Sister competition and birth order effects among marriage-aged girls: Evidence from a field experiment in rural Bangladesh
By Stephanie Zhong
Early marriage before the age of 18 is prevalent among adolescent girls in Bangladesh, but the timing of marriage is not uniform across daughters within a household, with some sisters marrying earlier than others. Using survey data from a novel field experiment from rural Bangladesh, I find that girls ages 10-21 with lower birth order tend to be married at a younger age, even when controlling for confounding nature of household size on birth order. Additionally, girls with younger sisters are more likely to be married and at a younger age than girls with younger brothers. The findings on dowry are inclusive.
Advisors: Dr. Erica Field and Dr. Michelle Connolly | JEL Codes: D13, J13, O15
By Ricardo Martínez-Cid and Gonzalo Pernas
This paper investigates the supply-side and demand-side factors that explain the success of mobile money markets. Namely, we argue that there exists a set of Goldilocks conditions that best supports mobile money services. A population must have exposure to financial services to understand mobile money and have a high enough level of income to have a use for these services. However, the population must also not have access to highly developed banking architecture, such that their banking needs are already satisfied. By comparing El Salvador and Kenya, countries in different stages of development, we find empirical support for our hypothesis. Our evidence suggests that low income regions and households with some exposure to financial services are more likely to use mobile money than fully banked people who enjoy a higher income.
Advisor: Erica Field | JEL Codes: E40, E42, G21, G23, O12, O16, O17
By Suhani Jalota
As the population of urban poor living in slums increases, governments are trying to relocate people into government–provided free housing. Slum redevelopment affects every part of a household’s livelihood, but most importantly the health and wellbeing of younger generations. This paper investigates the effect of slum redevelopment schemes on child stunting levels. Data was collected in forty–one buildings under the slum–redevelopment program in Mumbai. The study demonstrates through a fixed effect regression analysis that an additional year of living in the building is associated with an increase in the height–for–age Z–score by 0.124 standard deviations. Possible explanations include an improvement in the overall hygienic environment, sanitation conditions, indoor air pollution, and access to health and water facilities. However, anecdotal evidence suggests that water contamination, loss of livelihood and increased expenses could worsen health outcomes for residents. This study prompts more research on the health effects of slum redevelopment projects, which are becoming increasingly common in the rapidly urbanizing developing world.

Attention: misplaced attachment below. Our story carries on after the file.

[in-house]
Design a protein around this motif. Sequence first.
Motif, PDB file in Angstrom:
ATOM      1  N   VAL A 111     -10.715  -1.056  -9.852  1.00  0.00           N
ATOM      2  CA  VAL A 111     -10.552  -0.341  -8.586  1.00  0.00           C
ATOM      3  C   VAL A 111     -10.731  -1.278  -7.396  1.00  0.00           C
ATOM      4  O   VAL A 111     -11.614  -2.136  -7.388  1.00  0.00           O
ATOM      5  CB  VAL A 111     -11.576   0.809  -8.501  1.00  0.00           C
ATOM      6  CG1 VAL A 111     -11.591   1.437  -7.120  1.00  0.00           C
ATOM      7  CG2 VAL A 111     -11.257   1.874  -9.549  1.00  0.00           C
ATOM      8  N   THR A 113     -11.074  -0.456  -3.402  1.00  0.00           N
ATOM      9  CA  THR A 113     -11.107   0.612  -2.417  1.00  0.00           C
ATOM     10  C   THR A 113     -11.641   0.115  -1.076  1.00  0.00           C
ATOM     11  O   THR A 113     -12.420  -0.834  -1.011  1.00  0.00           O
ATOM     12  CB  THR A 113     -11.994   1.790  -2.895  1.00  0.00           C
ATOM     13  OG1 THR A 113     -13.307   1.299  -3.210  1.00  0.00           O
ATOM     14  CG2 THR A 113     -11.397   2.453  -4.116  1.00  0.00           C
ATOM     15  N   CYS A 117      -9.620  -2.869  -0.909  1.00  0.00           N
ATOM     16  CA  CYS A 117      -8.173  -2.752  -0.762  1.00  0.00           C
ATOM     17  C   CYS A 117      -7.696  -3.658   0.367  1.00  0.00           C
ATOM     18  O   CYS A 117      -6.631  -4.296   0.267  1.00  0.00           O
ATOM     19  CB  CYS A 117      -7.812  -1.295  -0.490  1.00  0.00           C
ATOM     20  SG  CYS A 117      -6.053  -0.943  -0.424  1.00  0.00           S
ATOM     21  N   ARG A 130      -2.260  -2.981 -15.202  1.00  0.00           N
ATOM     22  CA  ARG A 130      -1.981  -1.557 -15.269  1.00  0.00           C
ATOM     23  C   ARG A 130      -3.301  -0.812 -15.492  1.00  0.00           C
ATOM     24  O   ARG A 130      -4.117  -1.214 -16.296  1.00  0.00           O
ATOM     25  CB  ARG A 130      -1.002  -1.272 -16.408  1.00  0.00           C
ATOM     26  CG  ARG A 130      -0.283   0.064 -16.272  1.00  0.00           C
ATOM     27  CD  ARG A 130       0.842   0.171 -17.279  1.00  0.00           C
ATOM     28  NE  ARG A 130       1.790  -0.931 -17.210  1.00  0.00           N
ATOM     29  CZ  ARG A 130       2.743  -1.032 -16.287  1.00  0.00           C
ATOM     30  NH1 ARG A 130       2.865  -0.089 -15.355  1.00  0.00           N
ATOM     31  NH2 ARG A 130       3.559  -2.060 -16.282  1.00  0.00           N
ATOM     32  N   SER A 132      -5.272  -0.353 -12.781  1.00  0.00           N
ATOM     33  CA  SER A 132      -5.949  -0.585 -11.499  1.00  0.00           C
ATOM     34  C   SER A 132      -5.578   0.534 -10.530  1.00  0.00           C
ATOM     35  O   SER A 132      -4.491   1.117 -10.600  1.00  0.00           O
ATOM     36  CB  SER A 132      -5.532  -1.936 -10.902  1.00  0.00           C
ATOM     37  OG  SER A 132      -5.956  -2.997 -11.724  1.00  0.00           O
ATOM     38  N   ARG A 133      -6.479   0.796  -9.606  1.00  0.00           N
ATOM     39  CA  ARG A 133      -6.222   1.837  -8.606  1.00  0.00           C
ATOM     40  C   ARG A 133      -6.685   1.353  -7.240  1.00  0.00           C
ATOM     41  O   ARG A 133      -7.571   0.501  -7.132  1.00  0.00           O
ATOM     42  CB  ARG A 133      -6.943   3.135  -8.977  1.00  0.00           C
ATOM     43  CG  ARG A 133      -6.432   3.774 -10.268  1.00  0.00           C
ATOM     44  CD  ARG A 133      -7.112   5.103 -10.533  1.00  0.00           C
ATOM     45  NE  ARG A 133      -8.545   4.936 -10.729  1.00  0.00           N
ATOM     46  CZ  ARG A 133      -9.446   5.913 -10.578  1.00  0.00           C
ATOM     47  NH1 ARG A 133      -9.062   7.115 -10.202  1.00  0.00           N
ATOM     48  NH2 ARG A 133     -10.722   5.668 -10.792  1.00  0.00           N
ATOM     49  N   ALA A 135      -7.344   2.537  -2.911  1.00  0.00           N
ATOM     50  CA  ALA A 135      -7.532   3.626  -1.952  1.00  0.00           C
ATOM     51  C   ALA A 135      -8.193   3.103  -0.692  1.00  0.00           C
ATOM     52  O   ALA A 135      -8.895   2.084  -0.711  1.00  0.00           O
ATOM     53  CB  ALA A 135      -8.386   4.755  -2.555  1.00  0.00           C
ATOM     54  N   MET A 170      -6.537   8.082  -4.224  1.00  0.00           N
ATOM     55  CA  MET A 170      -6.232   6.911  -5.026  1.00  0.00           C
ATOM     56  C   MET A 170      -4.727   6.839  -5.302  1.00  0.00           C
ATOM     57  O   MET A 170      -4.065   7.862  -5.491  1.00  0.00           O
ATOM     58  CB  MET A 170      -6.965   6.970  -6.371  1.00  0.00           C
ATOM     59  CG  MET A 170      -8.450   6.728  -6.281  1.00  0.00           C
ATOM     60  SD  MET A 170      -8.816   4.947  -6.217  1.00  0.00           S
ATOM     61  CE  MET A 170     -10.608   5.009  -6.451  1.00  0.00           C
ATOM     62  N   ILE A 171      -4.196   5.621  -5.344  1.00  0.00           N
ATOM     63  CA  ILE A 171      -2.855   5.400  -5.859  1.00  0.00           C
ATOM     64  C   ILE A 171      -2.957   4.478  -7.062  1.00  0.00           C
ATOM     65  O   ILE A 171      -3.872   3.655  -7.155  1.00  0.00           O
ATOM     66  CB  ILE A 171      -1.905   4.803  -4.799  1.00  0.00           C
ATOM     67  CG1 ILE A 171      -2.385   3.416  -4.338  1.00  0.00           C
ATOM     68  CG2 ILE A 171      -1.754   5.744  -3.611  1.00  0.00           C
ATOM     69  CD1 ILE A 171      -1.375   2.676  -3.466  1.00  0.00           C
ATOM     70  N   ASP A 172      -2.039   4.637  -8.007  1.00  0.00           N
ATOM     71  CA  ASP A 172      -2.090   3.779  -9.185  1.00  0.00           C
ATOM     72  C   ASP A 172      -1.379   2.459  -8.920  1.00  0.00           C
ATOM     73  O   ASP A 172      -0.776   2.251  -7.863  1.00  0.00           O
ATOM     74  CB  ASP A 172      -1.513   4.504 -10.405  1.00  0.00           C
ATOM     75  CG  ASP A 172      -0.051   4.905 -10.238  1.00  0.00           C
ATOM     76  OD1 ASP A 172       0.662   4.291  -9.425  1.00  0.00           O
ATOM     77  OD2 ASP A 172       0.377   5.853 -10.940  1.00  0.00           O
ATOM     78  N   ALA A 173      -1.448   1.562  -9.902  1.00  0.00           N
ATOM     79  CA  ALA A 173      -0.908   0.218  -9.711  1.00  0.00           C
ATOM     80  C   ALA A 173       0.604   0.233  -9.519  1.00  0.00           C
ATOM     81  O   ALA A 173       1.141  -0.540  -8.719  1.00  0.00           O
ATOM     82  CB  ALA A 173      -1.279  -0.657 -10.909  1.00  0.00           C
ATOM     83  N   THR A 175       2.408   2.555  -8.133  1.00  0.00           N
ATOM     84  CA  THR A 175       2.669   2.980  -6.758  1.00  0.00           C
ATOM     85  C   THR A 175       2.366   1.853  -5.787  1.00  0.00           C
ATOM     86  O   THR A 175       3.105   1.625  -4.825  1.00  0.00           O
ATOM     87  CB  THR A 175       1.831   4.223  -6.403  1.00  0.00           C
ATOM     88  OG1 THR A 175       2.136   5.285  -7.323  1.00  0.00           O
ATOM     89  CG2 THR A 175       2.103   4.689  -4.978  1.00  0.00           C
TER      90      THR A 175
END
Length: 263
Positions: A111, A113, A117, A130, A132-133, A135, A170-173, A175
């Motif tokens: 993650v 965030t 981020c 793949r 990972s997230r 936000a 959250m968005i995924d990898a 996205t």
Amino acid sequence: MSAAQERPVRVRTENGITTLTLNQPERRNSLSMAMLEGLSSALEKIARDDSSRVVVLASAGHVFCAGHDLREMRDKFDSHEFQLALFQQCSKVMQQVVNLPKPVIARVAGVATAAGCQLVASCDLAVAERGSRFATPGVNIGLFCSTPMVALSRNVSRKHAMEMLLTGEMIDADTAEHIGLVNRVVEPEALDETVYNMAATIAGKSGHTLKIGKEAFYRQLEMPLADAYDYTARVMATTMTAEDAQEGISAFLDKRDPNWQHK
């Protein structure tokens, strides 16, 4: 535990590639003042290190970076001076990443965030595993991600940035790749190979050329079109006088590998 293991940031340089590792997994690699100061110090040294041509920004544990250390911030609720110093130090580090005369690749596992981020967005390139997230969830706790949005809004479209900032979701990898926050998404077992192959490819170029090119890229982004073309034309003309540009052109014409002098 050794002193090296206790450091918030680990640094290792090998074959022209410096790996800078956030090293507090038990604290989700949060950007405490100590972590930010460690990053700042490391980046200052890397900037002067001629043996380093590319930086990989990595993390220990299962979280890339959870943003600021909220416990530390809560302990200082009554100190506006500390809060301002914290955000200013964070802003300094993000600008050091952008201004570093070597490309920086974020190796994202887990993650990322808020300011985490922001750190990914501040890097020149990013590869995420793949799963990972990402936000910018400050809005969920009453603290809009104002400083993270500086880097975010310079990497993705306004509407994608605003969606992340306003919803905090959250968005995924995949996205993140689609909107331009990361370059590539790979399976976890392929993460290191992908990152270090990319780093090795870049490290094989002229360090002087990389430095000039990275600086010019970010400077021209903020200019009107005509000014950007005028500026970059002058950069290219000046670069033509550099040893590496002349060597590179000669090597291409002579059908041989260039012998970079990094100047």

Advisor: Erica Field, Michelle Connolly | JEL Codes: O12, O14, O17, O18, O22 | Tagged:
The Impact of Micro-Banking on Health: Evidence from Self-Help Group Involvement and Child Nutrition
By Madeline Mckelway
Low income is only one nancial problem that poor families in developing countries face; impoverished households must also face irregularity of their low incomes. Self-help groups (SHGs) can enhance consumption stability by relaxing savings and credit constraints. In this study, I investigate the extent to which SHGs improve a particular dimension of household wellbeing: child nutrition. I analyze households aliated with the SHGs started by the People’s Education and Development Organization (P.E.D.O.) in rural Rajasthan, India. Children who had greater levels of exposure to household SHG membership at a young age have healthier anthropometric statuses than their siblings who had relatively less. This relationship does not appear to be driven by events coinciding with SHG involvement or by the tendency for certain children, who were also exposed to SHGs, to receive better nutrition than their siblings. These endings suggest that SHGs could improve child nutrition.
Advisor: Erica Field, Michelle Connolly | JEL Codes: O1, O12, O15, O16, O22 | Tagged: